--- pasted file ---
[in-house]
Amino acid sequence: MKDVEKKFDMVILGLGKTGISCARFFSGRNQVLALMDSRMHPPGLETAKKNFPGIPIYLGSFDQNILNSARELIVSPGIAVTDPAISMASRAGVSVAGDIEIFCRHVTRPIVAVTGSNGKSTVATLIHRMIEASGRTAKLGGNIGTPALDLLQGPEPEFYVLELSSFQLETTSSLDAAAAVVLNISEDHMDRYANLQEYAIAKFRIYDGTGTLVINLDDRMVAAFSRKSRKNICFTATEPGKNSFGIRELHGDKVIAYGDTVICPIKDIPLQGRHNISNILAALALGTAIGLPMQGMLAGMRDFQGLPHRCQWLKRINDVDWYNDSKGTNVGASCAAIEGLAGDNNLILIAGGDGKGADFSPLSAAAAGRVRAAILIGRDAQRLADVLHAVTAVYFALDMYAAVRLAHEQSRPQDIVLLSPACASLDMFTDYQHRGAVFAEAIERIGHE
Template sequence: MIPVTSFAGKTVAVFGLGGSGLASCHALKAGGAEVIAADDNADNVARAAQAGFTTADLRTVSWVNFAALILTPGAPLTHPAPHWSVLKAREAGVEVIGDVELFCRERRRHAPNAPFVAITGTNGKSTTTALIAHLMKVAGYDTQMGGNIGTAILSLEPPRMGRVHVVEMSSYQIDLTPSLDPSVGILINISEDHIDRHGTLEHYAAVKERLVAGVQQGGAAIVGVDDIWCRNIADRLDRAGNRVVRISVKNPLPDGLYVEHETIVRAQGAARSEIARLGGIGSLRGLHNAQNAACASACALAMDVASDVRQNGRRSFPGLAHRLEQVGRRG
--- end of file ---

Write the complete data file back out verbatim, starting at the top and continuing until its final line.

[in-house]
Amino acid sequence: MKDVEKKFDMVILGLGKTGISCARFFSGRNQVLALMDSRMHPPGLETAKKNFPGIPIYLGSFDQNILNSARELIVSPGIAVTDPAISMASRAGVSVAGDIEIFCRHVTRPIVAVTGSNGKSTVATLIHRMIEASGRTAKLGGNIGTPALDLLQGPEPEFYVLELSSFQLETTSSLDAAAAVVLNISEDHMDRYANLQEYAIAKFRIYDGTGTLVINLDDRMVAAFSRKSRKNICFTATEPGKNSFGIRELHGDKVIAYGDTVICPIKDIPLQGRHNISNILAALALGTAIGLPMQGMLAGMRDFQGLPHRCQWLKRINDVDWYNDSKGTNVGASCAAIEGLAGDNNLILIAGGDGKGADFSPLSAAAAGRVRAAILIGRDAQRLADVLHAVTAVYFALDMYAAVRLAHEQSRPQDIVLLSPACASLDMFTDYQHRGAVFAEAIERIGHE
Template sequence: MIPVTSFAGKTVAVFGLGGSGLASCHALKAGGAEVIAADDNADNVARAAQAGFTTADLRTVSWVNFAALILTPGAPLTHPAPHWSVLKAREAGVEVIGDVELFCRERRRHAPNAPFVAITGTNGKSTTTALIAHLMKVAGYDTQMGGNIGTAILSLEPPRMGRVHVVEMSSYQIDLTPSLDPSVGILINISEDHIDRHGTLEHYAAVKERLVAGVQQGGAAIVGVDDIWCRNIADRLDRAGNRVVRISVKNPLPDGLYVEHETIVRAQGAARSEIARLGGIGSLRGLHNAQNAACASACALAMDVASDVRQNGRRSFPGLAHRLEQVGRRG